Inside Move: Hasta la vista, Arnold?

Political run will cost him millions and sideline career

HOLLYWOOD — He said he’d be back.

But in throwing his hat into the ring in California’s gubernatorial recall race, “Terminator” star Arnold Schwarzenegger likely won’t be seen on the bigscreen for a considerable time — unless the state’s citizens warm to the idea of their governor working on location from his own trailer.

Apart from a pair of cameos, Ah-nold’s aspirations in politics would essentially sidetrack his showbiz career if he wins the Oct. 7 election.

And his political foray may come at considerable personal cost. Friends say he may spend as much as $15 million of his own money on the campaign.

This will only make a small dent in Arnold’s considerable personal fortune, which stems principally from shrewd real estate investments. Then, too, the success of “T3” has enhanced his earning capacity in movies — he may have cleared as much as $30 million from that role alone.

While other veteran action stars, such as Sylvester Stallone, have had to settle for significantly reduced wages, Schwarzenegger now finds himself in a position to ask for a lot more money.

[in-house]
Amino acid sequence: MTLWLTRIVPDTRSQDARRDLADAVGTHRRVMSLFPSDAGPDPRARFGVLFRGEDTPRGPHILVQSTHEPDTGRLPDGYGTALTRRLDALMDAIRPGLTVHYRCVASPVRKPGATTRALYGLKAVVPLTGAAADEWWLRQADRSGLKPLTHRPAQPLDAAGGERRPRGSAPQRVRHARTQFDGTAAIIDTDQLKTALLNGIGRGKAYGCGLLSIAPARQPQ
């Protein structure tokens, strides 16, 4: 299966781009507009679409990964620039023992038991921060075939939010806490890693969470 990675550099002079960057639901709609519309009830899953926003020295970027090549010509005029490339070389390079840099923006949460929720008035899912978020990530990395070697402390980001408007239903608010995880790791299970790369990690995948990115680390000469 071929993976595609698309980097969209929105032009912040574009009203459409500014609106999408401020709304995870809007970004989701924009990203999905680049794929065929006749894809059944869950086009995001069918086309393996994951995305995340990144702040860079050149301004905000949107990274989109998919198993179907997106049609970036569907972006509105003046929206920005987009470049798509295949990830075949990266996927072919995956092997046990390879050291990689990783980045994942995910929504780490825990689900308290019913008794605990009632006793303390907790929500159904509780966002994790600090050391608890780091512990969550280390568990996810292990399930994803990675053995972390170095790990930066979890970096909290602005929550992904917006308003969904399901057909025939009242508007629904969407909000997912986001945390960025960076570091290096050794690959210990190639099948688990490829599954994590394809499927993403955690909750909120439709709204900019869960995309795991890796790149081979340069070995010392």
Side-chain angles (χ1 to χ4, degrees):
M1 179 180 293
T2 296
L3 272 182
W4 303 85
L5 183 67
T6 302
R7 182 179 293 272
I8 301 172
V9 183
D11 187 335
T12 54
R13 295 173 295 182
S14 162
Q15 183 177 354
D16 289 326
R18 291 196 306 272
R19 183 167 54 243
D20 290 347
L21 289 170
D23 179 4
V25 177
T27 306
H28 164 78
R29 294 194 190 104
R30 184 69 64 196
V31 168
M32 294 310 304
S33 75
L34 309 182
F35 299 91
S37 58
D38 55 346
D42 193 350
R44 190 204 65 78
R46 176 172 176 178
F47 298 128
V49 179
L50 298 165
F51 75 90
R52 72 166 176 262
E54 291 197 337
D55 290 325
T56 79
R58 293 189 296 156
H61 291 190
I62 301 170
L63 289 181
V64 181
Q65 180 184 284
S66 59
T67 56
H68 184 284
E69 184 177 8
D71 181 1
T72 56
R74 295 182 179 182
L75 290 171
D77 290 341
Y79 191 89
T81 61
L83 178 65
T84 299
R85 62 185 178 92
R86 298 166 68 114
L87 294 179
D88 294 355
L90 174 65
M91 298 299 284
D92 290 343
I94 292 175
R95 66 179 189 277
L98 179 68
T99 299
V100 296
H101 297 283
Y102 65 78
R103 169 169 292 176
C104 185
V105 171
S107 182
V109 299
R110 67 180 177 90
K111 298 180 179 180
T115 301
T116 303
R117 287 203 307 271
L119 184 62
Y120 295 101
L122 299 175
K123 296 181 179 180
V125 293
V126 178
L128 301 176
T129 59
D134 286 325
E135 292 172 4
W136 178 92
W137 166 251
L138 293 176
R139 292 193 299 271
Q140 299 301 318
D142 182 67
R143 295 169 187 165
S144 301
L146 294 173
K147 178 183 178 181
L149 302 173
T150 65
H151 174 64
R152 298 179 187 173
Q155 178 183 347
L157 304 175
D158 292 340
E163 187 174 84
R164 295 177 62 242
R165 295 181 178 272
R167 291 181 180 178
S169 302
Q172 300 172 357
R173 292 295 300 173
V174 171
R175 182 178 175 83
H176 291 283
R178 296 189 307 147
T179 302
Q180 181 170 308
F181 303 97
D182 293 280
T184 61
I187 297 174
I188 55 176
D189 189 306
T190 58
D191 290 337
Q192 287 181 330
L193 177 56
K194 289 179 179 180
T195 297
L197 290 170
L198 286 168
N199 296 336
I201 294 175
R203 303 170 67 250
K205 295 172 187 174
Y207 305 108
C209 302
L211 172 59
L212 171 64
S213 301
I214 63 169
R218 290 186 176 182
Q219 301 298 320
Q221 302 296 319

California has seen plenty of stars turn politician — Ronald Reagan and Sonny Bono chief among them — but most were well out of their performing careers. Schwarzenegger has plenty of showbiz mileage still in him.

A winning bid for governor would presumably sideline or kill a number of projects to which the hulking star has been attached, though none were beyond the development stage and none had a director attached.

With “T3” nearing the $300 million mark worldwide, a fourth installment of the cyborg actioners had been under consideration. But filling out the term of Gov. Gray Davis would keep Arnold busy until 2007, raising the possibility of a 60-year-old Terminator.

Warner Bros. was also developing a remake of the sci-fi pic “Westworld” for Schwarzenegger, as well as a long-mooted “Conan” sequel, with John Milius eyeing the helm and Dwayne “The Rock” Johnson endorsed by Arnold to play his son.

The towering thesp had also been attached to the New Line comedy “Big Sir.”

Studio execs are taking a wait-and-see approach on Arnold’s career switch, but it’s a sure bet that all will be waiting with projects should his bid falter.

But auds will get a glimpse of Arnold this fall and next summer in a pair of cameos.

Universal’s “The Rundown,” an actioner starring Johnson, bows Sept. 26, a little less than two weeks before the California recall election.

He’s also slated for a cameo in the big-budget Jackie Chan adventure pic “Around the World in Eighty Days,” scheduled to bow next summer.

Ultimately, Schwarzenegger may be back to showbiz sooner than even he expects.

He still has to convince voters he’s the right man for the job in a crowded field of gubernatorial contenders. And even a short campaign will cost him millions.